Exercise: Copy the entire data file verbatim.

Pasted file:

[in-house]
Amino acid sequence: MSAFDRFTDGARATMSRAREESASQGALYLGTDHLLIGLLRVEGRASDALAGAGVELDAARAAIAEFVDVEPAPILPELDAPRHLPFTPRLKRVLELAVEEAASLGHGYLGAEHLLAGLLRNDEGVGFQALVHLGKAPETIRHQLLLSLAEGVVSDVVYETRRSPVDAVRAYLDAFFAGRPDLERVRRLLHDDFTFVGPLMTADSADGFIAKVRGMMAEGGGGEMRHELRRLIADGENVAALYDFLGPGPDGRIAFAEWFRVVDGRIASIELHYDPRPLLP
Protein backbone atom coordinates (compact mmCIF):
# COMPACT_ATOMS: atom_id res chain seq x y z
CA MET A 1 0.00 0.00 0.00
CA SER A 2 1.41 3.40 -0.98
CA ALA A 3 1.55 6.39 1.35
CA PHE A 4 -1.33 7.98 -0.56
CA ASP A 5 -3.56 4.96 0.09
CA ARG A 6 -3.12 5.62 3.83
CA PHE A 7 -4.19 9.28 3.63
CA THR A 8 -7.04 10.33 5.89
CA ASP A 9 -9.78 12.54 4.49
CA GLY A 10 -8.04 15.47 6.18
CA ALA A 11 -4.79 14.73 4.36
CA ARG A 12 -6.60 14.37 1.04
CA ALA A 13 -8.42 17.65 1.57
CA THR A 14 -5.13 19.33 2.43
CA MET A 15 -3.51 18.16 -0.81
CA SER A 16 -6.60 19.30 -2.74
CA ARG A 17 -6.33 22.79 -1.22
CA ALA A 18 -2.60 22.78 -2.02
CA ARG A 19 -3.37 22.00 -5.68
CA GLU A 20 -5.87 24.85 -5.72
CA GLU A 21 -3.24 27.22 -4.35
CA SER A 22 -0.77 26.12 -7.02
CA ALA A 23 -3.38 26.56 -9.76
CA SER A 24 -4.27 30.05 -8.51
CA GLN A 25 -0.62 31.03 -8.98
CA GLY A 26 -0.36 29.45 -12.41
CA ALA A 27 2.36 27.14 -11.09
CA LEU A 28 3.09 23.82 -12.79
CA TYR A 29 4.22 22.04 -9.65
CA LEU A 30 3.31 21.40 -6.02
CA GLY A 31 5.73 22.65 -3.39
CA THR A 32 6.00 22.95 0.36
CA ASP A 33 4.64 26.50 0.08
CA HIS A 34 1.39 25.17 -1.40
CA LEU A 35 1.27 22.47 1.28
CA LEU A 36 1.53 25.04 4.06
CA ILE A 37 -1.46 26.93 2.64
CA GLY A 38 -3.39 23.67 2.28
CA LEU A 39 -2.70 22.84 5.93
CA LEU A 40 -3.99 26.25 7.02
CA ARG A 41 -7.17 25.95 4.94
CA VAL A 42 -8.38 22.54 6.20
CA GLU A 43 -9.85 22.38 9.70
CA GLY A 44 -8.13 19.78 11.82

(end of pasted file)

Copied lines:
[in-house]
Amino acid sequence: MSAFDRFTDGARATMSRAREESASQGALYLGTDHLLIGLLRVEGRASDALAGAGVELDAARAAIAEFVDVEPAPILPELDAPRHLPFTPRLKRVLELAVEEAASLGHGYLGAEHLLAGLLRNDEGVGFQALVHLGKAPETIRHQLLLSLAEGVVSDVVYETRRSPVDAVRAYLDAFFAGRPDLERVRRLLHDDFTFVGPLMTADSADGFIAKVRGMMAEGGGGEMRHELRRLIADGENVAALYDFLGPGPDGRIAFAEWFRVVDGRIASIELHYDPRPLLP
Protein backbone atom coordinates (compact mmCIF):
# COMPACT_ATOMS: atom_id res chain seq x y z
CA MET A 1 0.00 0.00 0.00
CA SER A 2 1.41 3.40 -0.98
CA ALA A 3 1.55 6.39 1.35
CA PHE A 4 -1.33 7.98 -0.56
CA ASP A 5 -3.56 4.96 0.09
CA ARG A 6 -3.12 5.62 3.83
CA PHE A 7 -4.19 9.28 3.63
CA THR A 8 -7.04 10.33 5.89
CA ASP A 9 -9.78 12.54 4.49
CA GLY A 10 -8.04 15.47 6.18
CA ALA A 11 -4.79 14.73 4.36
CA ARG A 12 -6.60 14.37 1.04
CA ALA A 13 -8.42 17.65 1.57
CA THR A 14 -5.13 19.33 2.43
CA MET A 15 -3.51 18.16 -0.81
CA SER A 16 -6.60 19.30 -2.74
CA ARG A 17 -6.33 22.79 -1.22
CA ALA A 18 -2.60 22.78 -2.02
CA ARG A 19 -3.37 22.00 -5.68
CA GLU A 20 -5.87 24.85 -5.72
CA GLU A 21 -3.24 27.22 -4.35
CA SER A 22 -0.77 26.12 -7.02
CA ALA A 23 -3.38 26.56 -9.76
CA SER A 24 -4.27 30.05 -8.51
CA GLN A 25 -0.62 31.03 -8.98
CA GLY A 26 -0.36 29.45 -12.41
CA ALA A 27 2.36 27.14 -11.09
CA LEU A 28 3.09 23.82 -12.79
CA TYR A 29 4.22 22.04 -9.65
CA LEU A 30 3.31 21.40 -6.02
CA GLY A 31 5.73 22.65 -3.39
CA THR A 32 6.00 22.95 0.36
CA ASP A 33 4.64 26.50 0.08
CA HIS A 34 1.39 25.17 -1.40
CA LEU A 35 1.27 22.47 1.28
CA LEU A 36 1.53 25.04 4.06
CA ILE A 37 -1.46 26.93 2.64
CA GLY A 38 -3.39 23.67 2.28
CA LEU A 39 -2.70 22.84 5.93
CA LEU A 40 -3.99 26.25 7.02
CA ARG A 41 -7.17 25.95 4.94
CA VAL A 42 -8.38 22.54 6.20
CA GLU A 43 -9.85 22.38 9.70
CA GLY A 44 -8.13 19.78 11.82